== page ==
To right the ship, PC OEMs
are coming out with Ultrabooks and other ultrathin and power efficient
computers that seek to bring many of the more popular features of
tablets to something that more closely resembles a traditional PC. Windows 8, which
supports touchscreen and features a tiled "fast and fluid" GUI, can
help with that. But to date, sales of Ultrabooks especially have been
disappointing, largely because the cost of the devices remains too high
(in the $1,000 range).
In its report circulated Tuesday, IHS
poses several key questions for the PC market, including whether
smartphones, tablets and other such gadgets will outsell PCs during the
crucial holiday season.
According to IHS, there are promising
signs that a strong rebound for PCs could occur next year. Though IHS
recently cut its forecast for Ultrabook sales in 2012 and 2013, the firm
said Ultrabooks and other ultrathin computers have the potential to
revive the PC market. The addition of Windows 8 to the mix could prove
potent and irresistible to consumers, IHS said.
The Windows 8 start screen, featuring application tiles.
But neither IHS's analysts, nor the millions of people with a vested interest in keeping the PC thriving, are sure whether new spins on the PC will stand up to
the powerful smartphone and tablet markets.
I used a package called Documents to Go on my old Palm OS PDA to view Word documents and Excel spreadsheets. It was fine for *viewing* and simple edits, but the assumption was the documents would be *created* elsewhere.
Screen size is an issue. The PDA I still have was gotten in part to get a larger screen than the unit it replaces, and do a better job of viewing things like spreadsheets.
Form factor is critical depending upon applications. My cell phone, for example, is the smallest, cheapest feature phone Nokia makes. It has a mono screen and all it does is calls and SMS, which is all I *want* it to do. Web surfing, email, and productivity applications are something else's job.
A tablet might be a decent substitute for a PC, simply because there screen is larger, but I'd want an external keyboard for most of what I do.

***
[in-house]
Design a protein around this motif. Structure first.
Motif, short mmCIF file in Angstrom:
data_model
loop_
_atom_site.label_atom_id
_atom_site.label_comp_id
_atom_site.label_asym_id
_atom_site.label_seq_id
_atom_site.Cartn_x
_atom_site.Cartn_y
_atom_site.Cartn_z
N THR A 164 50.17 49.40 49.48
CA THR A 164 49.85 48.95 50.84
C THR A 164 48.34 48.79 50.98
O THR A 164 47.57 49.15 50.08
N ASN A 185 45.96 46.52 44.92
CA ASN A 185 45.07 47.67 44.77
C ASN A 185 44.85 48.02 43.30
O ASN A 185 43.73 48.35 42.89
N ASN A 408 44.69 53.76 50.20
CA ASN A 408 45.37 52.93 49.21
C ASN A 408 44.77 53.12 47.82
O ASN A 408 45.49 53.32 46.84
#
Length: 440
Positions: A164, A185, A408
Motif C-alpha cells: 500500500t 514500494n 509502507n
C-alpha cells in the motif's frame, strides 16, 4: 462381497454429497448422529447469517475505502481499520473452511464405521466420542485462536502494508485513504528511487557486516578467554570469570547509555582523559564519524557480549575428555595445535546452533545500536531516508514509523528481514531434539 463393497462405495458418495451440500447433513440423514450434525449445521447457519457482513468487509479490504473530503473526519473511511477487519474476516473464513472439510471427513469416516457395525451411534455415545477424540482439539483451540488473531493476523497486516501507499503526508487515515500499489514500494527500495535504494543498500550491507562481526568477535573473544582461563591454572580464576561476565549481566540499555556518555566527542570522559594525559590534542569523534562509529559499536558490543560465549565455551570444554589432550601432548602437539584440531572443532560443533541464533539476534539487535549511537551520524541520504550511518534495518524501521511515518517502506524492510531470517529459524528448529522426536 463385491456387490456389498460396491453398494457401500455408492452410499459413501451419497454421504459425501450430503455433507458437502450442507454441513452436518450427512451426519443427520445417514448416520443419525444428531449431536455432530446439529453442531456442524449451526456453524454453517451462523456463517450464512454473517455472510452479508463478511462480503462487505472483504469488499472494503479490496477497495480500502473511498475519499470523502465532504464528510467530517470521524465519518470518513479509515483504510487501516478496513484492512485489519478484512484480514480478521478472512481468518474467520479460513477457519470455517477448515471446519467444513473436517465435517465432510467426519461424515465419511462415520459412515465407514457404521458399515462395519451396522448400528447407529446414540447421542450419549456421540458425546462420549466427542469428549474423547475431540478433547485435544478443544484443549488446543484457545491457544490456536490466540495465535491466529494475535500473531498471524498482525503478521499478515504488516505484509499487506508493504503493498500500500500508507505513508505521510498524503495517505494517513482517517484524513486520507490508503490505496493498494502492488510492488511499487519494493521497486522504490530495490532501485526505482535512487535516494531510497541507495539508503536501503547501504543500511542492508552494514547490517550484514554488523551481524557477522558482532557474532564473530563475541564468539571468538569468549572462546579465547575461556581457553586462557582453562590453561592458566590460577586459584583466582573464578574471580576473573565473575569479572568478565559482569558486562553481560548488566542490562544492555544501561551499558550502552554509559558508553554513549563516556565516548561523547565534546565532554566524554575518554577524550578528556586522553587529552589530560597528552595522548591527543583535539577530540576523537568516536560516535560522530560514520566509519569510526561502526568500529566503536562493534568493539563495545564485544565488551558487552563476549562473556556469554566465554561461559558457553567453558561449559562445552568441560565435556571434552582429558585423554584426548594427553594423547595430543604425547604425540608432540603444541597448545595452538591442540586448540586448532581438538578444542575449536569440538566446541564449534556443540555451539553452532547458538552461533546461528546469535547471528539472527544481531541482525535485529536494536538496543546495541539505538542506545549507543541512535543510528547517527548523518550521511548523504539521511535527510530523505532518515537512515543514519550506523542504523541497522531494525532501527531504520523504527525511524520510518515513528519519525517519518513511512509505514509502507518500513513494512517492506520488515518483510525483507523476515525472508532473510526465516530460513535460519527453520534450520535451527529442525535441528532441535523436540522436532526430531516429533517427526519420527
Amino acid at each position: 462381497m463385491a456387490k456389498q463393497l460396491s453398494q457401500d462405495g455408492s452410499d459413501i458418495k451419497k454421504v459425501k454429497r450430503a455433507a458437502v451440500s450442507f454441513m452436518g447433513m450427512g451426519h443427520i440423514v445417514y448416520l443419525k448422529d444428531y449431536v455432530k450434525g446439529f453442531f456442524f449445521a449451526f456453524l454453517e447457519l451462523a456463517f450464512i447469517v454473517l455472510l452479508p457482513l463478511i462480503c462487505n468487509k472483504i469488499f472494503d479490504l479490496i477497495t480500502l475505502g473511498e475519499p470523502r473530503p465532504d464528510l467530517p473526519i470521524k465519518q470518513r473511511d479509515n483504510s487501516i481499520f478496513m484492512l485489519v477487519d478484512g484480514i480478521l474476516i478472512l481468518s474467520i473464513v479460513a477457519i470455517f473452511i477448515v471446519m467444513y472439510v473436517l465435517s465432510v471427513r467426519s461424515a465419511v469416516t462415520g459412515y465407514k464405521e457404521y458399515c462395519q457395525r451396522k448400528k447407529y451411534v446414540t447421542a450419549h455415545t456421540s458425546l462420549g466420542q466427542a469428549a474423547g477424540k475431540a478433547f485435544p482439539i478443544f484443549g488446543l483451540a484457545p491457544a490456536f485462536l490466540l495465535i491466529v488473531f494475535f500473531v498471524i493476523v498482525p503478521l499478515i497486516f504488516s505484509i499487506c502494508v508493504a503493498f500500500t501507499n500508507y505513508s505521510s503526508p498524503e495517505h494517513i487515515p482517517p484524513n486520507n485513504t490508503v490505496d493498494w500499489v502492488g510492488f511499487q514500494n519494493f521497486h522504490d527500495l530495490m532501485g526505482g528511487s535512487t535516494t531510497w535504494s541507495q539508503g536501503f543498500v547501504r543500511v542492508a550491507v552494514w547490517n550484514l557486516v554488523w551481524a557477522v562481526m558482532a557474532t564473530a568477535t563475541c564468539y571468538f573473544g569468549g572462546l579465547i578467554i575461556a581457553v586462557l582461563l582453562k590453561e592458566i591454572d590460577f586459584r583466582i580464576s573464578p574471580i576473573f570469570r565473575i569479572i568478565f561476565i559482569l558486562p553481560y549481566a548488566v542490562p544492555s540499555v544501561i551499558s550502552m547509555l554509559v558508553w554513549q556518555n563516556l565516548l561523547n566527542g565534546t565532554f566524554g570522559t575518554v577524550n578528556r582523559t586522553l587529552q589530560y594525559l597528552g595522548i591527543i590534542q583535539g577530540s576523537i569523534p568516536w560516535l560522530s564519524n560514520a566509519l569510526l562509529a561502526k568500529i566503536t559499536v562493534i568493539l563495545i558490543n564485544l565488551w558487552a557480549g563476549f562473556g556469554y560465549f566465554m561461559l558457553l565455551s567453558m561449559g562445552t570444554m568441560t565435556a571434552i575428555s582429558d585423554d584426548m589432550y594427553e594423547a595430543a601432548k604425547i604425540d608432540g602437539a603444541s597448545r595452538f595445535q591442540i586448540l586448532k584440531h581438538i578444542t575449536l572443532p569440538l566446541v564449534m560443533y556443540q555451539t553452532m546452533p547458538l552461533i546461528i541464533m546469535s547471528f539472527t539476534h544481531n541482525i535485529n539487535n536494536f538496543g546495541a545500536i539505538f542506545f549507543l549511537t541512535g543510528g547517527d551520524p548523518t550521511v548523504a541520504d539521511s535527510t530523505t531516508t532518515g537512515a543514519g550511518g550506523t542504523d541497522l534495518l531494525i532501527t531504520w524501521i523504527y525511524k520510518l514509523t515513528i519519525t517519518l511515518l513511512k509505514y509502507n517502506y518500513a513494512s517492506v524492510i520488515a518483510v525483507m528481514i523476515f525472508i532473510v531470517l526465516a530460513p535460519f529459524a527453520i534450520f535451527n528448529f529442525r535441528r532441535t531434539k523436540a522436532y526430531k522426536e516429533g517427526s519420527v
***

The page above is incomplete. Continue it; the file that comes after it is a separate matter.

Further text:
BTW, tablets are for consuming content. PCs are for creating content. There will always be more consumers than producers. Until tablets, consumers were forced to use PCs to consume. But the shift is inevitable. More content means more consumers means more content, rinse and repeat...
I am not sure that this readership is representative of the PC / tablet / smartphone debate. I believe that many users can do all they want to do with their smartphone / tablet more convienently than they can irrespective of the operating system. I use windows (xp and xp pro) to create content and find every windows upgrade a pain in the hind end. My wife has stopped using her PC altogether and uses her ipad for all she does. When I use her ipad for reading, I am amazed how much of the screen is available for the task at hand. When I am using xp on my 10" netbook, the screen area for the task at hand is no bigger than a 4x6 card. No wonder we need huge screens with windows.
David Patterson, known for his pioneering research that led to RAID, clusters and more, is part of a team at UC Berkeley that recently made its RISC-V processor architecture an open source hardware offering. We talk with Patterson and one of his colleagues behind the effort about the opportunities they see, what new kinds of designs they hope to enable and what it means for today’s commercial processor giants such as Intel, ARM and Imagination Technologies.